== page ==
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The View from Omaha: 2015 CWS Finals Game 1

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A return trip to Omaha for the Cavalier baseball team meant a return trip to Omaha for Streaking the Lawn. The View from Omaha brings you a perspective that is as much about the experience as it is the game.

Bruce Thorson-USA TODAY Sports

The College World Series is very much an all-inclusive event. There are fans from everywhere. The closest event I have been to (and some people are going to hate me for this comparison) is the NCAA Lacrosse Final Four. When it comes to the finals of the CWS, you've got the fans of the two teams that are there, some of the fans of the six eliminated teams, the fans of local teams (Nebraska, Creighton) and then fans from all over.

In the lead-up to the game, this can be kind of overwhelming. Wandering around through the fan-fest beyond the outfield or the first base and outfield concourses, the mix of colors and logos is like you're in the world's largest Lids store.

But towards the end of a game, it can sort of be the opposite: Around 9:30pm local time, the "generic" fans start to stream out. The teenagers that have been treating the concourse as their own personal mall (see kids, back in my day, kids hung out at the mall. I don't know what they do now) are gone and you're left with the fans of the two teams playing.

One scenario isn't necessarily better than the other. They actually kind of work well together. But its an interesting dichotomy.

And that's just one part of the experience here in Omaha. The whole town is alive during these days. I highly recommend adding Omaha and the College World Series to your bucket list if it isn't already on it.

But then there was the game.

Eric already laid out what happenedAnd some of you watched it happen with us. So I won't repeat the gritty details of the loss. But needless to say, it was a loss.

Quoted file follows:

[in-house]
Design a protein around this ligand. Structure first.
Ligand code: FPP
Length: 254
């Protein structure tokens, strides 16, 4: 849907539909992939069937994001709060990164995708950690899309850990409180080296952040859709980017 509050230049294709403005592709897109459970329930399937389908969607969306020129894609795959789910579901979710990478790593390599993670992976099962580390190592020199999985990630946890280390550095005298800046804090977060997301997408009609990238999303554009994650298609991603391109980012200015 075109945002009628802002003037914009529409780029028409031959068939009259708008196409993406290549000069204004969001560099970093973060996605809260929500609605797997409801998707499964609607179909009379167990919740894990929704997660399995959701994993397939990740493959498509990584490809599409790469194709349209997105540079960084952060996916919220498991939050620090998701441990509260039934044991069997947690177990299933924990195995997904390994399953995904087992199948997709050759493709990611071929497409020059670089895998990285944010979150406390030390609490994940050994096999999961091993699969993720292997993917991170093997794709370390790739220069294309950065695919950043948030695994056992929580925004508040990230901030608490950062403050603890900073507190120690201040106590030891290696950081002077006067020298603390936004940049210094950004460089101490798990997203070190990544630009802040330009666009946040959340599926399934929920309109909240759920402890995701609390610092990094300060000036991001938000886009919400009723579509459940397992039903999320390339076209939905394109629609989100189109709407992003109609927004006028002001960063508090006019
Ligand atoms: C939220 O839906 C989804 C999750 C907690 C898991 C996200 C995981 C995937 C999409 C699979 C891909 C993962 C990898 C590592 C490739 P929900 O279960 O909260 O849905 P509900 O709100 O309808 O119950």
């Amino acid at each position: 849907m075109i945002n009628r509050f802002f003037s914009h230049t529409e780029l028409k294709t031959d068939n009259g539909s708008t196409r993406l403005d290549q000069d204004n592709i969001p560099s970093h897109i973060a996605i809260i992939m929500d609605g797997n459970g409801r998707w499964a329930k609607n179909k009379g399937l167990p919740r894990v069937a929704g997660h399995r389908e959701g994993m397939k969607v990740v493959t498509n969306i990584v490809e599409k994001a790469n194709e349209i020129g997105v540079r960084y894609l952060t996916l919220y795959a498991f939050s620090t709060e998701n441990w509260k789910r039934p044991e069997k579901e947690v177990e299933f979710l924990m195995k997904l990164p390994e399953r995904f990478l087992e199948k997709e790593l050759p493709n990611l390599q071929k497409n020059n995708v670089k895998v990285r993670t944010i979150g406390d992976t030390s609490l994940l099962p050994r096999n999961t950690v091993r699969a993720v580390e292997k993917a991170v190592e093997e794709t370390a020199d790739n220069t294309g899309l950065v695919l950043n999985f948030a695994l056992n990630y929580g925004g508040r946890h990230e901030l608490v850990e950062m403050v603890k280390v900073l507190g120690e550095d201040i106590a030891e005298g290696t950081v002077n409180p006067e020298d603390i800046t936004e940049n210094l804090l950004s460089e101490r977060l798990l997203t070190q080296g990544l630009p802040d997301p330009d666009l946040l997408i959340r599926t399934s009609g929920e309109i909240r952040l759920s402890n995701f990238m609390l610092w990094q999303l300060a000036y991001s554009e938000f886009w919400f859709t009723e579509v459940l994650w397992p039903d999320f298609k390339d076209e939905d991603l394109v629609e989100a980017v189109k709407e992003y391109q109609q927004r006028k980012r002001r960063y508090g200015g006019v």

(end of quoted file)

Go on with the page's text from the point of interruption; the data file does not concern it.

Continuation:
Aaron Fitt of D1Baseball put it fairly well:

That is to say, it's not so much that we played poorly. We just ran into a very good pitcher and some good hitters and we couldn't overcome it.

Connor Jones allowed seven hits and four runs (all earned) in 6.1 innings of work. Against a team as good as Vanderbilt, with the Player of the Year, that is not a bad line. And one might think he might have been able to do a little more damage if he had gotten any run support.

But the batters were facing off against Carson Fulmer and the stud pitcher was winning, by a lot. Fulmer's final line was two hits and no runs in 7.2 innings of work. Jones matched him through five innings, but the Commodore pitcher just had more gas.

But here comes one of the other things that is nice about the College World Series: It's a best of three series. True, the Cavaliers are in a hole and will have their backs against the wall. But the bottom line is they have another chance. And we'll all be watching to see if they can take advantage of it.

Random Musings

  • It seemed there were a lot of weak strike calls - including lots of appeals to the other umps - when our batters were in the box. I know part of that was how much Fulmer was tying us up a the plate. But it just seemed a little absurd
  • Some of the concession folks are a little too excited about their craft. For instance, the waffle cone guy who wouldn't make a cone without at least 5 people watching intently.
  • My first trip to Omaha (in 2011) we had a tornado warning. It was a rather enjoyable experience overall. I kind of wanted a repeat of that somewhere around the 4th or 5th inning to throw Fulmer off his game. No dice.
  • There is still not very much in the way of restaurants/shops around the ballpark. I expected the area to have filled in a bit since my first trip, but it really hasn't. That said, the downtown area is nice and has plenty of options. Maybe that's why the ballpark area hasn't grown.
  • The LED (I'm guessing) lights on the top of the northern bridge to Council Bluffs are really distracting from inside the park (at least on the first base side)
  • Also distracting: The Vanderbilt whistler. I didn't notice him for most of the game. Its not nearly as bad as it is on TV. But once you hear it, you can't unhear it. I don't know how he hasn't had the ushers called on him.